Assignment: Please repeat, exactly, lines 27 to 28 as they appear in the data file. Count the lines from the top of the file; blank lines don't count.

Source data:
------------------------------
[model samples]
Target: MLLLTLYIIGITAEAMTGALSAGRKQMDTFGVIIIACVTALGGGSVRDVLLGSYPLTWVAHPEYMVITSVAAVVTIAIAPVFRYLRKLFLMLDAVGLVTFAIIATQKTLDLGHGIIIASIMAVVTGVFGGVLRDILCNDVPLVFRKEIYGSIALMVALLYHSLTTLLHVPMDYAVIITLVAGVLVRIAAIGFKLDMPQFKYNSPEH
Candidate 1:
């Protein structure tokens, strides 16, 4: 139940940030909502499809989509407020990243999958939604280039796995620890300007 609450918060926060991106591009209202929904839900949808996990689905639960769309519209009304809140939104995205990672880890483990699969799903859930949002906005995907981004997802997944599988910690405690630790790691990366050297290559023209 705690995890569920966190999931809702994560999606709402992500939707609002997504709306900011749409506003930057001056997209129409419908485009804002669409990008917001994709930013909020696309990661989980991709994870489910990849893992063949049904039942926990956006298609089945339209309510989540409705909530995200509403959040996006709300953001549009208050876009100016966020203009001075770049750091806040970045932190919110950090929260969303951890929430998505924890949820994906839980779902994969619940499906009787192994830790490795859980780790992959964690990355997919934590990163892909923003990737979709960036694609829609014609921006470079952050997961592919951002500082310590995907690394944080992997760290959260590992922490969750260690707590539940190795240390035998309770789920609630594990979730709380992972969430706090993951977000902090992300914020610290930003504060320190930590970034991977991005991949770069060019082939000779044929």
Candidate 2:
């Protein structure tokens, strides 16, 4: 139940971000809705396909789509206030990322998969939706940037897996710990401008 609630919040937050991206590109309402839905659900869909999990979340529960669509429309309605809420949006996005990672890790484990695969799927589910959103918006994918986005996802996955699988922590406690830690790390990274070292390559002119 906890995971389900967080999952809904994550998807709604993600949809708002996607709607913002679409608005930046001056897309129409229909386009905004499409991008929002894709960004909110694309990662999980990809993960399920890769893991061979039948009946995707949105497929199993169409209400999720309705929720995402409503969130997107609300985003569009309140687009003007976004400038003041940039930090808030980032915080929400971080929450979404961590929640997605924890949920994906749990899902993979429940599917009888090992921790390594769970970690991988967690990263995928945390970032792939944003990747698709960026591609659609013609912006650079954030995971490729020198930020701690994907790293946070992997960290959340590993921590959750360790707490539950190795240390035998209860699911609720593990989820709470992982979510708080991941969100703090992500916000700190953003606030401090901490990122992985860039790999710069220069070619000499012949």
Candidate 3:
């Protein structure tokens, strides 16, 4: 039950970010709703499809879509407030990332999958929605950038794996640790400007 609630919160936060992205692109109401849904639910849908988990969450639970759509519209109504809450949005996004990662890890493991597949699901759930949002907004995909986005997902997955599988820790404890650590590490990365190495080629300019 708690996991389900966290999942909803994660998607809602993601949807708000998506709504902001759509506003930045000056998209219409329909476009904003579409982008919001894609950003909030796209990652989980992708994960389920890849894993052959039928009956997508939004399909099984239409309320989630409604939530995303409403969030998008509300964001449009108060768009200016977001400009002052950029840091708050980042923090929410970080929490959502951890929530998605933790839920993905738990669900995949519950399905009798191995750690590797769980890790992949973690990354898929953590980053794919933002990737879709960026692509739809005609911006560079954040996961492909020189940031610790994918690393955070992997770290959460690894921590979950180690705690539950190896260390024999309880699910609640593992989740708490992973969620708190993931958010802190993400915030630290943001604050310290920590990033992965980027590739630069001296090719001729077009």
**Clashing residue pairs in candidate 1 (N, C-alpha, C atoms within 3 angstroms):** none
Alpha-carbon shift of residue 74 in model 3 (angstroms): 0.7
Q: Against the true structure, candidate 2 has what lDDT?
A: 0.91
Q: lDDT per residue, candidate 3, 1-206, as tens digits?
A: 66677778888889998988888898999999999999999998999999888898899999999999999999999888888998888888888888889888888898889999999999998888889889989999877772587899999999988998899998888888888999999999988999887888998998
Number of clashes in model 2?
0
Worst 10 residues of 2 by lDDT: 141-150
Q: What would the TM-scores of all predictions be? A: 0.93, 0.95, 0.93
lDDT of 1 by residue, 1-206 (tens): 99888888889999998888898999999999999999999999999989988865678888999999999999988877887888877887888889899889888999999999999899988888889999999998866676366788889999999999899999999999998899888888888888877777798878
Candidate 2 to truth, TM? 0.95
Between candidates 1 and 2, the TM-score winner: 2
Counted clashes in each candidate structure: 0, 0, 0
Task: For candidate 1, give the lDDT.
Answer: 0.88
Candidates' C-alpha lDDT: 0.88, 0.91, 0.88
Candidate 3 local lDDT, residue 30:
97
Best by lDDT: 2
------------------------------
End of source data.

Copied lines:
97
Best by lDDT: 2